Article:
When launching a new business, choosing the appropriate business structure will be necessary to its success. In this series of articles on business structures, we have been unpacking each structure’s advantages and disadvantages. Already we have looked at running your business as a sole trader, partnership and as a company. This week, we turn to consider the disadvantages of running your business through a trust.

What is a Trust?

As already discussed, a trust is not a separate legal entity, unlike a company. A trust is a structure in which a person or company (the trustee) owns property and carries out the business on behalf of the beneficiaries of the trust. Family businesses commonly structure their business as a discretionary trust. Each family member can then be made a beneficiary without having any involvement in how the business operates.

There are two main types of trust: discretionary and unit trust. With a discretionary trust, the trustee has complete discretion as to how to distribute the trust funds amongst the beneficiaries. A unit trust is advantageous when there is more than one family involved. Each unitholder receives a fixed amount of trust funds, consistent with the number of units held.

Trustees are legally liable for the trust’s debts. They can use the trust funds to satisfy the debts, but are personally responsible for covering the difference from their resources. This can be a disadvantage if the trustee is an individual rather than a limited liability company.

The trustee must apply for a tax file number and lodge an annual tax return. The trust is, however, not liable to pay tax.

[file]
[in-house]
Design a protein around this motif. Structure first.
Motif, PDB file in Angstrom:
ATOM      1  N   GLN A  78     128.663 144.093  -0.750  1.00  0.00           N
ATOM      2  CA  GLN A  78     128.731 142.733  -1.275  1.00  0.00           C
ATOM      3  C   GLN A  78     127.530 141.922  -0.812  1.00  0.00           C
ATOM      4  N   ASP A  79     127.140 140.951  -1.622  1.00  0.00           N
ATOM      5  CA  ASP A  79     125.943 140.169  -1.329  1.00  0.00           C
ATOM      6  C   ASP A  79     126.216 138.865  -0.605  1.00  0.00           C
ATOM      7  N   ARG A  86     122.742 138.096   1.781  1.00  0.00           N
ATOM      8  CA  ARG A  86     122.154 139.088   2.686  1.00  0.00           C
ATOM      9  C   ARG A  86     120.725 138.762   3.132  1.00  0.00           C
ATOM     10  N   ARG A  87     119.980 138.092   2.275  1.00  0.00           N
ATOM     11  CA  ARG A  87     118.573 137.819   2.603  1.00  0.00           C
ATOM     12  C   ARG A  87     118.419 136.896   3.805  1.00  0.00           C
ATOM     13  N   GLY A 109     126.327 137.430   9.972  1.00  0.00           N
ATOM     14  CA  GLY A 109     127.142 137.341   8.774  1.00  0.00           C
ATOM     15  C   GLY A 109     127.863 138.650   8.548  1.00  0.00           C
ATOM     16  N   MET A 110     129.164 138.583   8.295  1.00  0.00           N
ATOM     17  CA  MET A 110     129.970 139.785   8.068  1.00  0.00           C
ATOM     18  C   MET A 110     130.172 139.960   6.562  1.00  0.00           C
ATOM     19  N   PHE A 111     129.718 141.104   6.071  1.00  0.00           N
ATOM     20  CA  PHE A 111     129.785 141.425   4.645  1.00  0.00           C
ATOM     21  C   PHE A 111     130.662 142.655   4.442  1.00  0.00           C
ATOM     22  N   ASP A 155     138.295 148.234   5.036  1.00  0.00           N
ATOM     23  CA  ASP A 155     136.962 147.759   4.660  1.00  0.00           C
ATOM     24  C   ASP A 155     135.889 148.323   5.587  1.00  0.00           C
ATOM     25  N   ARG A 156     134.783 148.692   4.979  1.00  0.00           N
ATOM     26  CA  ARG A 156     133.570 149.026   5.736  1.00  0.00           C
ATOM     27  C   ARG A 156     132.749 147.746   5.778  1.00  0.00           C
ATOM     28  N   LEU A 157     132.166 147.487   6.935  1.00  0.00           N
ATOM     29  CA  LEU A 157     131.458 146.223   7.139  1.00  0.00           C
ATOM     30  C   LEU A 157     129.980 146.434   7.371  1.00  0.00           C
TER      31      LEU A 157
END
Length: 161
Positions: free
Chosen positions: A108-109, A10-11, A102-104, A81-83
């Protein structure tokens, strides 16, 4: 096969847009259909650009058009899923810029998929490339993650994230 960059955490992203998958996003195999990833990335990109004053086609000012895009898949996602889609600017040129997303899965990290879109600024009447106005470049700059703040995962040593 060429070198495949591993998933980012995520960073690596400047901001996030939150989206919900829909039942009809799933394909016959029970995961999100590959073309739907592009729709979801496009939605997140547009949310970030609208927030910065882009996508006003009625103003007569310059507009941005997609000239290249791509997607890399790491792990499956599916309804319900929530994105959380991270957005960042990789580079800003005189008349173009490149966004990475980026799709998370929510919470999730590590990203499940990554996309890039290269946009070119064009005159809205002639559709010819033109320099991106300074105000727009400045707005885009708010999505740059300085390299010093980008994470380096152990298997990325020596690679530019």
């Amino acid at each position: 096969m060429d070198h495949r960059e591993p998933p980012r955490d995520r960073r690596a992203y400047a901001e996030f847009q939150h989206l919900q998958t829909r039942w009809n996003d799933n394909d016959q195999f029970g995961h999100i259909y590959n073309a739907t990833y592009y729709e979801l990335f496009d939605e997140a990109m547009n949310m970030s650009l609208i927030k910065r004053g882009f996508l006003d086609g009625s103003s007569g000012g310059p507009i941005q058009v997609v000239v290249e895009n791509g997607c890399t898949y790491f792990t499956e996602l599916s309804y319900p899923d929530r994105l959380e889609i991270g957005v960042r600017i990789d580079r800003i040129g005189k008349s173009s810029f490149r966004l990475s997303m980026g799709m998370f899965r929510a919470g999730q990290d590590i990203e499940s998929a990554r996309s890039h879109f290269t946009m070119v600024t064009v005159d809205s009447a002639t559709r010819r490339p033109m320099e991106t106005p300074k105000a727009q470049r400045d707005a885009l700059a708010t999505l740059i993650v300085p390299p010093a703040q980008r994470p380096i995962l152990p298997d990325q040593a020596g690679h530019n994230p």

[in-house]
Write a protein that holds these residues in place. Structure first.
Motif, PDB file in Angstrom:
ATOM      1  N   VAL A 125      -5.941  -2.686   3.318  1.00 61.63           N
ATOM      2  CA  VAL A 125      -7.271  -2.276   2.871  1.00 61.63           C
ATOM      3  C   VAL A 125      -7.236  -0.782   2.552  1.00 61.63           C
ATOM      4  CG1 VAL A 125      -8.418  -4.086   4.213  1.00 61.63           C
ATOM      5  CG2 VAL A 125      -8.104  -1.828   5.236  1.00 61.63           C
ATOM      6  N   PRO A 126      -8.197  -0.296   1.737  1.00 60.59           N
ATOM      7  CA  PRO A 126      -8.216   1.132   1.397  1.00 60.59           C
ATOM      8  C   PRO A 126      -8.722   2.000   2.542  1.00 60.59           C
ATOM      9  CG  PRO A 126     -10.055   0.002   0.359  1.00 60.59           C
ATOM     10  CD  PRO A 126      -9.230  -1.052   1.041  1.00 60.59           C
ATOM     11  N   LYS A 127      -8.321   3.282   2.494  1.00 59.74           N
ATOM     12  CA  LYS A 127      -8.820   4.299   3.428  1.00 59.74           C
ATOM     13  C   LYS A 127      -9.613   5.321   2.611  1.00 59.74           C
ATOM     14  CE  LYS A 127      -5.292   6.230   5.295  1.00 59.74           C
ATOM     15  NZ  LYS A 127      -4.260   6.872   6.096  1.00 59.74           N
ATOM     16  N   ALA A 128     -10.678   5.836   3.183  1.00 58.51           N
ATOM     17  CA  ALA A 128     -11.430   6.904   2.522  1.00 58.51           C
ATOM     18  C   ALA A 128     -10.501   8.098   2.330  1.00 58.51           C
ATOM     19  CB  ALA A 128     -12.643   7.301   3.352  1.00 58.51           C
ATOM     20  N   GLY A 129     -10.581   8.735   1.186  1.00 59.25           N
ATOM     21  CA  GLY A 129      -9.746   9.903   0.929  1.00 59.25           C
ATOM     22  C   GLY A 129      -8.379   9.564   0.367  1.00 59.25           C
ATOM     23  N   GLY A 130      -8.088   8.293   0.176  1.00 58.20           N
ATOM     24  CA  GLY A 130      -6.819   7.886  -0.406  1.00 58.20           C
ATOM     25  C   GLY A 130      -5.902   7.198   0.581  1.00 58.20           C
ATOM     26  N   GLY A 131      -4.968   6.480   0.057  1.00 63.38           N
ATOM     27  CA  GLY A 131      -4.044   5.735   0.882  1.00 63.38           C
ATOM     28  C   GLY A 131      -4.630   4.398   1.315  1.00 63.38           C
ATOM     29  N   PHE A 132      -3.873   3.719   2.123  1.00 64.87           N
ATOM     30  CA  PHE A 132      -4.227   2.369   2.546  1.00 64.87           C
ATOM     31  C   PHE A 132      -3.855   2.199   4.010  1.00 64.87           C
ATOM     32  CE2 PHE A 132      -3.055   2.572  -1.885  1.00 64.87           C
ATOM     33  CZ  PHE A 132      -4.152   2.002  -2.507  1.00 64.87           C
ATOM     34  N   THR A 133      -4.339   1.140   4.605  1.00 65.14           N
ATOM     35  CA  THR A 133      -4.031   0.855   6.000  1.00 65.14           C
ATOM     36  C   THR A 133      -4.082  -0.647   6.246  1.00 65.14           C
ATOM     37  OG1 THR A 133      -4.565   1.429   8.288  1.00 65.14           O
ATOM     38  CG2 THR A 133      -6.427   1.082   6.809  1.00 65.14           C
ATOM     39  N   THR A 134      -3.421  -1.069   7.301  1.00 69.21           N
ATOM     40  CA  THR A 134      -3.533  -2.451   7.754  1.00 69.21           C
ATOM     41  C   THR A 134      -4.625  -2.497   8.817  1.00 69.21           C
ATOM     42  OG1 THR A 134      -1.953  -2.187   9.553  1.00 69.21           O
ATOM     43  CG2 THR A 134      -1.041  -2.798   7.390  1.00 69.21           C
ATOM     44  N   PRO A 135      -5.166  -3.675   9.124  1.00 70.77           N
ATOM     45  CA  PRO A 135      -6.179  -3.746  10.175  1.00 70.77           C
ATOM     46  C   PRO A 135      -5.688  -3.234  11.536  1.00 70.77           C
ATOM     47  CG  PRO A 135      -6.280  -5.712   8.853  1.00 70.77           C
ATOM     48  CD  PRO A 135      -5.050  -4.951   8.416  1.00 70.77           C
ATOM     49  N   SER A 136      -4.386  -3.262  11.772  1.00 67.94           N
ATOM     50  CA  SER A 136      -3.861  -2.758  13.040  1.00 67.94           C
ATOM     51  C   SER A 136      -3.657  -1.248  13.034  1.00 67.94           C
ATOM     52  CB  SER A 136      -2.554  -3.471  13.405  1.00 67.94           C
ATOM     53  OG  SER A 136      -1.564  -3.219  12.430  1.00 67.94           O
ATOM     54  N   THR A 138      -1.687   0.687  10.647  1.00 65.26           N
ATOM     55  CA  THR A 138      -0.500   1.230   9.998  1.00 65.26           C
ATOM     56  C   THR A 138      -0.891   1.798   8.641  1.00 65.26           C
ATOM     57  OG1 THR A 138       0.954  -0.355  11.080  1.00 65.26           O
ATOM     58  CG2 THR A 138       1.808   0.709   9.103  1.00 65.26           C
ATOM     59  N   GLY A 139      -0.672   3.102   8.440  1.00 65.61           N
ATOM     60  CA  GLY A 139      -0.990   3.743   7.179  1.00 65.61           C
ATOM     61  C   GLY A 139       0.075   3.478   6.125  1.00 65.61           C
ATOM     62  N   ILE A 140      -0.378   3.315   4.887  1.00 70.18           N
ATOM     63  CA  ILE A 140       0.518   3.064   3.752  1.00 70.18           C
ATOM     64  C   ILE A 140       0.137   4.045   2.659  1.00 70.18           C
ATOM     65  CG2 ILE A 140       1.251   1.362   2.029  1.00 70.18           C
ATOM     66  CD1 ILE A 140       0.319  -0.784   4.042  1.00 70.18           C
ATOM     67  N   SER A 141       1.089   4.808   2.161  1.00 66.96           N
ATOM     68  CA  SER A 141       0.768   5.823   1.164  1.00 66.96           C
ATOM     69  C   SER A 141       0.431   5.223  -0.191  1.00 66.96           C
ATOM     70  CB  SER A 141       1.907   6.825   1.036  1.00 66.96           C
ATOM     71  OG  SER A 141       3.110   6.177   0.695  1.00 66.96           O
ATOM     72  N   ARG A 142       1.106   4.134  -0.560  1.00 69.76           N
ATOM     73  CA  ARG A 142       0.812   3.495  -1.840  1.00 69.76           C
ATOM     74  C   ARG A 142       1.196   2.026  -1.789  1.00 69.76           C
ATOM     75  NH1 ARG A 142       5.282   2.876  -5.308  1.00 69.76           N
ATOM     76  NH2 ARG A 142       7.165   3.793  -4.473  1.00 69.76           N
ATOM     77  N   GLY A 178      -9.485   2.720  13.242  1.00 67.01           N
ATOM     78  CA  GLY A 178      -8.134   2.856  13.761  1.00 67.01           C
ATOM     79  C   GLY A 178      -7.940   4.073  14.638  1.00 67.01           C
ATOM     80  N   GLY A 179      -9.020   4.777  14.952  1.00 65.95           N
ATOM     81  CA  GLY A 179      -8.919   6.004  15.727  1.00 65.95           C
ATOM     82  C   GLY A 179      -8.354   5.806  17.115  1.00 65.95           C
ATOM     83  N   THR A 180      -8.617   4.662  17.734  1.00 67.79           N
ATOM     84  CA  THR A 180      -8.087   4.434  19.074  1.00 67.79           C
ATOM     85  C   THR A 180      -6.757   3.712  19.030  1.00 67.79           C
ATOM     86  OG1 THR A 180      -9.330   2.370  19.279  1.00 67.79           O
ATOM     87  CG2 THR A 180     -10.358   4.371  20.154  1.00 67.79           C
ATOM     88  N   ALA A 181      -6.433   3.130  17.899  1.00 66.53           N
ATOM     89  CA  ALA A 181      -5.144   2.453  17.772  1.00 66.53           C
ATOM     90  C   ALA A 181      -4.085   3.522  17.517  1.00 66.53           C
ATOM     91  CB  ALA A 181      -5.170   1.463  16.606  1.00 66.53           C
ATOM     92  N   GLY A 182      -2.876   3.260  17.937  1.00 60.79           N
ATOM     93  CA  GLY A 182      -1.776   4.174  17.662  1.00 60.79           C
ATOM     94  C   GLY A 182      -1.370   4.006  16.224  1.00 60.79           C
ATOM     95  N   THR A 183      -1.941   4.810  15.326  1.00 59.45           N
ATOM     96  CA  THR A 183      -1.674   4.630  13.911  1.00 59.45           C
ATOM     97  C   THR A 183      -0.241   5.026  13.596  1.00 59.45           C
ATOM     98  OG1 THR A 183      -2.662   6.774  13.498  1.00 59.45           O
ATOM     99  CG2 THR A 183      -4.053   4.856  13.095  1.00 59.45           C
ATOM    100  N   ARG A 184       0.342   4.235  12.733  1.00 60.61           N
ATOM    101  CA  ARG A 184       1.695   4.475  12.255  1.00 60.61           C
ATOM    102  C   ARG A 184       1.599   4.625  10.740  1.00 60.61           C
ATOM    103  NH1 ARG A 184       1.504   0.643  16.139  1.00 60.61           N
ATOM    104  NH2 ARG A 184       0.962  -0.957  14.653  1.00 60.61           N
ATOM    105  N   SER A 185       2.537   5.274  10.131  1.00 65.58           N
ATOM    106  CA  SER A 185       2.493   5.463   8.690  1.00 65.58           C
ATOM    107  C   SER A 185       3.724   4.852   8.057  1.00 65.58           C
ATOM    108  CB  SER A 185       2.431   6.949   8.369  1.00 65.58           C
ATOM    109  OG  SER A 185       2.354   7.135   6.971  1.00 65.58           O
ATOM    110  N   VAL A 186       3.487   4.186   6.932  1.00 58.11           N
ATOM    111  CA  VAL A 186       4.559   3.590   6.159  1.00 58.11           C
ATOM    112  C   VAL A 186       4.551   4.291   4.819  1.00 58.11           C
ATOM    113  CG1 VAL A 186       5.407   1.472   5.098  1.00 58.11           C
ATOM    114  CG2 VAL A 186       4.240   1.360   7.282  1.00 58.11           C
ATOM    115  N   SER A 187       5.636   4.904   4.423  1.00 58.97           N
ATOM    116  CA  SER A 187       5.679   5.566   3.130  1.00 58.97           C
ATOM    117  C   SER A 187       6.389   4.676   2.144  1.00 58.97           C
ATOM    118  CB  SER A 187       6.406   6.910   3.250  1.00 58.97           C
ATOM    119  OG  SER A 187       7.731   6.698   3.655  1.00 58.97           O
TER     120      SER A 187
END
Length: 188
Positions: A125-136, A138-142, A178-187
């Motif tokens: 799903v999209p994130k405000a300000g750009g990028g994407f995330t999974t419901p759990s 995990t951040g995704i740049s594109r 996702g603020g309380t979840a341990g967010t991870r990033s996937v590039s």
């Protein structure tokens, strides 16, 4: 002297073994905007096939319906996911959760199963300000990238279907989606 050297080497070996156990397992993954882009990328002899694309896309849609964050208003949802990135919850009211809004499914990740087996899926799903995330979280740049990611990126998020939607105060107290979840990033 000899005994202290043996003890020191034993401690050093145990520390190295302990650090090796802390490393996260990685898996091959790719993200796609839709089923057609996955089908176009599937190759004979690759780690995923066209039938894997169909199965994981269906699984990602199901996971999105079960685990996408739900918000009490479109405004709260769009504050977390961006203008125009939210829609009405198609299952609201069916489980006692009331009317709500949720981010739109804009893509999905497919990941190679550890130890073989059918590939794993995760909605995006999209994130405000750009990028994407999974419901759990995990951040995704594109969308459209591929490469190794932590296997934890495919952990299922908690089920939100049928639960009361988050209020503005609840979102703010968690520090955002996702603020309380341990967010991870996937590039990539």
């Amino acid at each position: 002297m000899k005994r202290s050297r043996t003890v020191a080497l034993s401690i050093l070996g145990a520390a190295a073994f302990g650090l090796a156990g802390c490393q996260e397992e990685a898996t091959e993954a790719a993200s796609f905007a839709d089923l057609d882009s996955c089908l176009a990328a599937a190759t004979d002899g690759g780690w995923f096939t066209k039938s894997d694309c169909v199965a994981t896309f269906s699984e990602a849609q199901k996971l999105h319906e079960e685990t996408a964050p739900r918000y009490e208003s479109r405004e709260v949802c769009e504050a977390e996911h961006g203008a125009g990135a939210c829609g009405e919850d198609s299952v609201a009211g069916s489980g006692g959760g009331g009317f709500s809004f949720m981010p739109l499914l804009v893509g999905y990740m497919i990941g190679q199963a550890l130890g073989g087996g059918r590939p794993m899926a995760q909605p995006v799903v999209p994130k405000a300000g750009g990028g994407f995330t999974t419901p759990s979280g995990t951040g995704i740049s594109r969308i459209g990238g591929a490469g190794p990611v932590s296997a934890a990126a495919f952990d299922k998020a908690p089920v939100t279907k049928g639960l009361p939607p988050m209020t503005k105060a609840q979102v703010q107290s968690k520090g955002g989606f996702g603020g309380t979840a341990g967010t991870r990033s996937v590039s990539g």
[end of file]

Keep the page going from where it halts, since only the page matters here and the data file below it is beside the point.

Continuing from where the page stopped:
What are the Disadvantages?

Although there are certain advantages to running a business through a trust, there are also disadvantages that we set out below.

  • Expensive and complexity: Trusts can be expensive and complex to set up and administer.
  • Liability: Trustees are legally liable for the debts of the trust. Although they can use the trust assets to meet those debts, they are responsible for any shortfall. You can limit liability where a trustee is a company rather than an individual. This is why it is generally recommended to have a corporate trustee.
  • Investment: It may be difficult to borrow funds. Investors prefer to invest in a company structure rather than a trust structure.
  • Dissolution and amendment: It is hard to dissolve or amend an established trust, particularly where children are involved. Varying the terms or objects of the trust could amount to resettlement and liability for capital gains tax and stamp duty arising.
  • Retention of profits: Any profits retained and reinvested in the business will incur a penalty tax rate. Currently, the penalty tax rate is 49%. If the business requires working capital, then a company structure is more appropriate. Undistributed company profits are only taxed at the company rate, which is currently 30%.
  • Losses: You cannot distribute losses, only profits of the business. Any profits earned will incur increased tax rates.
  • Perpetuity Period: In New South Wales, the life of a trust is limited to 80 years.

Conclusion

As discussed last week in our business structure series, we set out the advantages of running your business through a trust. We hope that you can now better weigh up the disadvantages and decide whether it is the most appropriate structure for you and your business.

If you are looking into how to set up your business or are considering changing your business structure to one that is more beneficial to you, LegalVision’s business structuring experts can provide you with comprehensive and tailored advice.

Questions? Get in touch on 1300 544 755.

Jill McKnight

Ask Jill a Question

If you would like further information on any of the topics mentioned in this article, please get in touch using the form on this page.